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Qantm Heap

December 4, 2007

This morning, I read an article on GamesIndustry.biz that left me speechless: Qantm’s Leap. I re-read it two times, and I am still stunned.

“And that’s what makes Qantm unique – we’re not a university, because what people don’t realise is that with a university it takes at least three years to change a course. If a lecturer now sees that companies are using a new language to program in, it’ll take him three years to implement it in the course.”

Dude, are you serious? New content is constantly integrated into courses. If something happens in the industry today, I don’t wait three years to talk about it. Courses – good courses – are designed to keep pace with the industry, an industry that I’ve been a part of for 26 years now. I find a statement like this inaccurate and astoundingly arrogant.

We can do it by the next course start date, that’s the big advantage – especially gaming, which is a very fast-changing environment.

So can many, many, many others. As a note, many colleges and universities have the ability to offer courses in the quarter or semester which follow. While courses do go through the review process, they can be offered as special topics courses. And 3 years long? Dude.

Universities are fine in that they are very well equipped to do BA subjects, those ones that don’t have a specific use in real life…

Seriously? C’mon.

… but they’re not very well equipped to do the practical…even the theoretical side of a practical subject they can’t do. The students are asking for fast laptops, and all they have is one 386, probably without even the right software…

Again, seriously? What game program are you aware of that is functioning with a 386? In the building where I work, we have 800 screamingly new PCs, our own network department, all the great software you can imagine and a render farm second to none.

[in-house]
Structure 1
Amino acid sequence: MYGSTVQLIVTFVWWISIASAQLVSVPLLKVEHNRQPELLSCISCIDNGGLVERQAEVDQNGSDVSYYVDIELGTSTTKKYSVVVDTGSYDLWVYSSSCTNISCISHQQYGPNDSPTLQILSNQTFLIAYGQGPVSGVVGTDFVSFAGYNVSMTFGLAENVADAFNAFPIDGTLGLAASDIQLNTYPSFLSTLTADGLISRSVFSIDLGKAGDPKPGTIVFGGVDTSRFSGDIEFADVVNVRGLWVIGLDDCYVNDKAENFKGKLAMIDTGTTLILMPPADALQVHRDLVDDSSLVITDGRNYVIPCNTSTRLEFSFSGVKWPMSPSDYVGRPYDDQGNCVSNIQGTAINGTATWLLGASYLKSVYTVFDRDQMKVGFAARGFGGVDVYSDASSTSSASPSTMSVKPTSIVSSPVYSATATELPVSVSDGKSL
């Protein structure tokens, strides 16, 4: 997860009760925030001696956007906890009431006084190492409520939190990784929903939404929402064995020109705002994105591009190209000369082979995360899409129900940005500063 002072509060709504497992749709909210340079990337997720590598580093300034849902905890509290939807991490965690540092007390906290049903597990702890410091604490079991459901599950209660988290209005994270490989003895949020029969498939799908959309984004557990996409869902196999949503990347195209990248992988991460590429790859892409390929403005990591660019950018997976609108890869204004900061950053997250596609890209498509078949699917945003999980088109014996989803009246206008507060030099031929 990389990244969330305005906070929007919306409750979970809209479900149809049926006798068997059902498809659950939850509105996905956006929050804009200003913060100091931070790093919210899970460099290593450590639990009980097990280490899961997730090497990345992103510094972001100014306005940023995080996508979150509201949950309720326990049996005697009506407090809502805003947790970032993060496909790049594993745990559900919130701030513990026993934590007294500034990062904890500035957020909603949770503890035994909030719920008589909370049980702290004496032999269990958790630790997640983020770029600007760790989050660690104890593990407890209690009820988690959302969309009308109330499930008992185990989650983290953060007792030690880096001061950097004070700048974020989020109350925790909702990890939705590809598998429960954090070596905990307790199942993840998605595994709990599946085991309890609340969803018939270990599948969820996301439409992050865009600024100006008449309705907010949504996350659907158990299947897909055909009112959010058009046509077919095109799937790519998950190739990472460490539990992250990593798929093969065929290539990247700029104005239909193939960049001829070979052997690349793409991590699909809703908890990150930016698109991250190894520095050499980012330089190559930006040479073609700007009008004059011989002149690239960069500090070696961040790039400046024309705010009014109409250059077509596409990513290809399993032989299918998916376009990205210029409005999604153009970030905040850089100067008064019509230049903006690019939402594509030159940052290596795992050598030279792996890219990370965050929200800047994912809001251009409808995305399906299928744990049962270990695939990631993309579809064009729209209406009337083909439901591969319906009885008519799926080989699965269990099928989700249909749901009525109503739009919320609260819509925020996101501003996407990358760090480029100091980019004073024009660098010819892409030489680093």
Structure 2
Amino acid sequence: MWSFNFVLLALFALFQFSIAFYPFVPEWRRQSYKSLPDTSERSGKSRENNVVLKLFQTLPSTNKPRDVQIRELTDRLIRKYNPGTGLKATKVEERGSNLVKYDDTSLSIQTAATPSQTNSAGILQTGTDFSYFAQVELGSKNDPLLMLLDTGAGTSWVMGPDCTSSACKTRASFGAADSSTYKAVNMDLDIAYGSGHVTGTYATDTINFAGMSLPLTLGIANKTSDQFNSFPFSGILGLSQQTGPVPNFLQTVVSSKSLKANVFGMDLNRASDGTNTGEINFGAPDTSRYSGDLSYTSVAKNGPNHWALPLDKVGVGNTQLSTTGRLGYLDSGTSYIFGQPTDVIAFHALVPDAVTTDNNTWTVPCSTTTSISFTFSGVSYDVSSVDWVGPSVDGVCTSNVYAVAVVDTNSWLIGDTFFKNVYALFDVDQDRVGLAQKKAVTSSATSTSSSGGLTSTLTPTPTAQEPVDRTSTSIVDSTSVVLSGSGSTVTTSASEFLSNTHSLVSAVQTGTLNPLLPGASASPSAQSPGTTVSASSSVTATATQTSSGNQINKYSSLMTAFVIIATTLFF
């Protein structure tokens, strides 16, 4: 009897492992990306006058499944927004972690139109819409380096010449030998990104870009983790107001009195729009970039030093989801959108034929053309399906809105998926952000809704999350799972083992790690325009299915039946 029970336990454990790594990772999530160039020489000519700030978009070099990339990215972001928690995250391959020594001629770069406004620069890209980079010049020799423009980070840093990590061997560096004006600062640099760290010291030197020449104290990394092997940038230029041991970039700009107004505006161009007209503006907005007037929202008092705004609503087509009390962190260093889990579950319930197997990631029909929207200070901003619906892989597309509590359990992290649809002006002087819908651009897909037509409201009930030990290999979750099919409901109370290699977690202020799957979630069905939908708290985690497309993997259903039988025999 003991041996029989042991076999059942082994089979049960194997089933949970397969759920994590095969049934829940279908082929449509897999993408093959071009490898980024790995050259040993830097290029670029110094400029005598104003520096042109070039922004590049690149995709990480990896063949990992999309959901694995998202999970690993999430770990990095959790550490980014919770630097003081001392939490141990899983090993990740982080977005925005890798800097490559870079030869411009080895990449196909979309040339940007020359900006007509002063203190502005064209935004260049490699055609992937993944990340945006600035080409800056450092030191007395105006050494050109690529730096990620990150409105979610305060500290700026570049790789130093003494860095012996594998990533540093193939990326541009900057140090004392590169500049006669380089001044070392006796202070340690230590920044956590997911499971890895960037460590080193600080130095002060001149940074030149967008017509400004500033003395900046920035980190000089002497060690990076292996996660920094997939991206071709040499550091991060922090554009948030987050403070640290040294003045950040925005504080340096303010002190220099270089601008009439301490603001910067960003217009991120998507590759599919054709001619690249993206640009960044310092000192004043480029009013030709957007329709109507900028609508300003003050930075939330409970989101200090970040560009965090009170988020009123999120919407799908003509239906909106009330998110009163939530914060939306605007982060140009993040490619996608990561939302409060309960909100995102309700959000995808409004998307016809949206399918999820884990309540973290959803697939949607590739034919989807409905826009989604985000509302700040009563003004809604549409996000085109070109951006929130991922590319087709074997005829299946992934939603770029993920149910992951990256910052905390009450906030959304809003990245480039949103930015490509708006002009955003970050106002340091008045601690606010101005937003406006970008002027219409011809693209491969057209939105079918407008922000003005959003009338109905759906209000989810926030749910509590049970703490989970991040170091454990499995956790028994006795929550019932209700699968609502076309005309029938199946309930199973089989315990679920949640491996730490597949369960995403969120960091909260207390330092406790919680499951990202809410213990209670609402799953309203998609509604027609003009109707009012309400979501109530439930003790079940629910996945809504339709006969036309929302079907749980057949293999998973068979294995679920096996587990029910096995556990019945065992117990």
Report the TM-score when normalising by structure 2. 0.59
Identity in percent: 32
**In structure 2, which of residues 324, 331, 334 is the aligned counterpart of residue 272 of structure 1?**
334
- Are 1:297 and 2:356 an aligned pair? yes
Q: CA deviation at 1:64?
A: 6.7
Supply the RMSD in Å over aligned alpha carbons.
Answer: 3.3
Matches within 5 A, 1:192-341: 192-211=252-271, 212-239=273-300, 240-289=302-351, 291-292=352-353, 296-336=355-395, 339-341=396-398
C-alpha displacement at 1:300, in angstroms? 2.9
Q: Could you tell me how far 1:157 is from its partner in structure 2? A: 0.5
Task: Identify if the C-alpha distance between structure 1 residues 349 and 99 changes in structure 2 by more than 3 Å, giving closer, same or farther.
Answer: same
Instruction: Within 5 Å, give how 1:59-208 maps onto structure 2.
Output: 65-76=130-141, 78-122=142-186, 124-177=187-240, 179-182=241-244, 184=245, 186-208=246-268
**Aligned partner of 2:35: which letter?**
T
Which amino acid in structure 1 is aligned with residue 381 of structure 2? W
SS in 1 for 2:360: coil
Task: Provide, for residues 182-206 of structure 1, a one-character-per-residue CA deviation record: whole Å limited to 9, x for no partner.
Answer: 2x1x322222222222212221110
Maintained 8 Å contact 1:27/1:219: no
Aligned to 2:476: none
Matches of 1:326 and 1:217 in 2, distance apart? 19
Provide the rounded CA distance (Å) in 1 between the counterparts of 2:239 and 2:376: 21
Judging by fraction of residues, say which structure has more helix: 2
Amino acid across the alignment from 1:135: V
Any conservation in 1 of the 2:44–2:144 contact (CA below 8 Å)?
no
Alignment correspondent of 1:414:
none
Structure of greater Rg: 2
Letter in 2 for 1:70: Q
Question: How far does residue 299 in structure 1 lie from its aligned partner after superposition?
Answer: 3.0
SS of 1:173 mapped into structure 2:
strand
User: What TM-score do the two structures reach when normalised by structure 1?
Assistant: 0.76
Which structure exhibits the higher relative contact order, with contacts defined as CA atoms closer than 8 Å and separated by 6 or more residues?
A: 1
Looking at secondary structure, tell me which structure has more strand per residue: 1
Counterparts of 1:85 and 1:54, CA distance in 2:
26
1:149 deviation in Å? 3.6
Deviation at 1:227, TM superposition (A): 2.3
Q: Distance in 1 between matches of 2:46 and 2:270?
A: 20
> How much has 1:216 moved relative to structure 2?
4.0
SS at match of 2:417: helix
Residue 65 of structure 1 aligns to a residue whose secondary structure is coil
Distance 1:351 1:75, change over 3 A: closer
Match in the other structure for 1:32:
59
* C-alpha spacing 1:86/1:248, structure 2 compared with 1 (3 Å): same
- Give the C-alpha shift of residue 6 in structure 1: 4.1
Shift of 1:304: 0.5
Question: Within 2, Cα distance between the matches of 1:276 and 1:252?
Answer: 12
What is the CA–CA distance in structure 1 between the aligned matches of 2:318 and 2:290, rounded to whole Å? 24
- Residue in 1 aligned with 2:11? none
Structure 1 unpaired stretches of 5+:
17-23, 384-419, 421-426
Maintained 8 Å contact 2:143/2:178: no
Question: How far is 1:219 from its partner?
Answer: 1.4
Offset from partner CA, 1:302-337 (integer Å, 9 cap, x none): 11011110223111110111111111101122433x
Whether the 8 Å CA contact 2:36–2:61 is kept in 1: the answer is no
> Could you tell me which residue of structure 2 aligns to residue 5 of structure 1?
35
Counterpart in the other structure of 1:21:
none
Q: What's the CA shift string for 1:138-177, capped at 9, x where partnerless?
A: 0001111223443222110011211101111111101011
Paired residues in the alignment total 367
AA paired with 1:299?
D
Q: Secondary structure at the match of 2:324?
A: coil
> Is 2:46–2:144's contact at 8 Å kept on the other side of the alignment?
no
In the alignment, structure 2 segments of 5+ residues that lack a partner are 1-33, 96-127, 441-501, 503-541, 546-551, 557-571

C’mon!

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7 Comments leave one →
  1. December 4, 2007 3:36 pm

    I think it’s important to point out the distinction between changing the content in a single course, versus adding a new course, versus changing the academic curriculum. This is something that might not occur to a person who doesn’t teach for a living, and the “news” article you reference is actively misleading because of it.

    The content in a single course can actually change on the fly. I’ve had times in my Game Industry course where some big news happened and I talked about it in class THAT SAME DAY. Changing course content in minor ways requires ZERO lead time. Even in something like a programming course where you’d like to shift from (say) Java to C#, I could easily see the instructor changing the last day of the course to be a quick-and-dirty overview of “okay, if you want to learn C#, here’s the similarities and differences between what we’ve been doing all semester”.

    Course content can change more drastically between offerings, on a semester-by-semester basis, as you point out. I would be bold enough to say that a teacher who doesn’t change their content or delivery AT ALL between semesters is not doing their job as a teacher. We should all be striving towards constant improvement. (By analogy, imagine what would happen if you tried to release a game today with graphics, technology and game designs that were even five years old.)

    Adding a new course, as you point out, can be done on a semesterly basis through the catch-all “Special Topics”. Special Topics courses that are sufficiently useful and popular can be folded into the curriculum in the long term.

    Actually changing the academic curriculum is what takes 3+ years. This is, if anything, the only failing of Special Topics: typically they count as electives, and can’t be substituted for core courses without a lot of paperwork. If the industry suddenly decides for some reason that it absolutely positively MUST have all game designers knowing Ruby or something, you can offer a Special Topics or you can encourage your advisees to learn it on their own but you won’t be able to force the issue by making it a core requirement. (This is probably a good thing; if curricula changed every year, how would a university build up any kind of reputation within the industry, when next year’s graduates might have entirely different skills than this year’s?)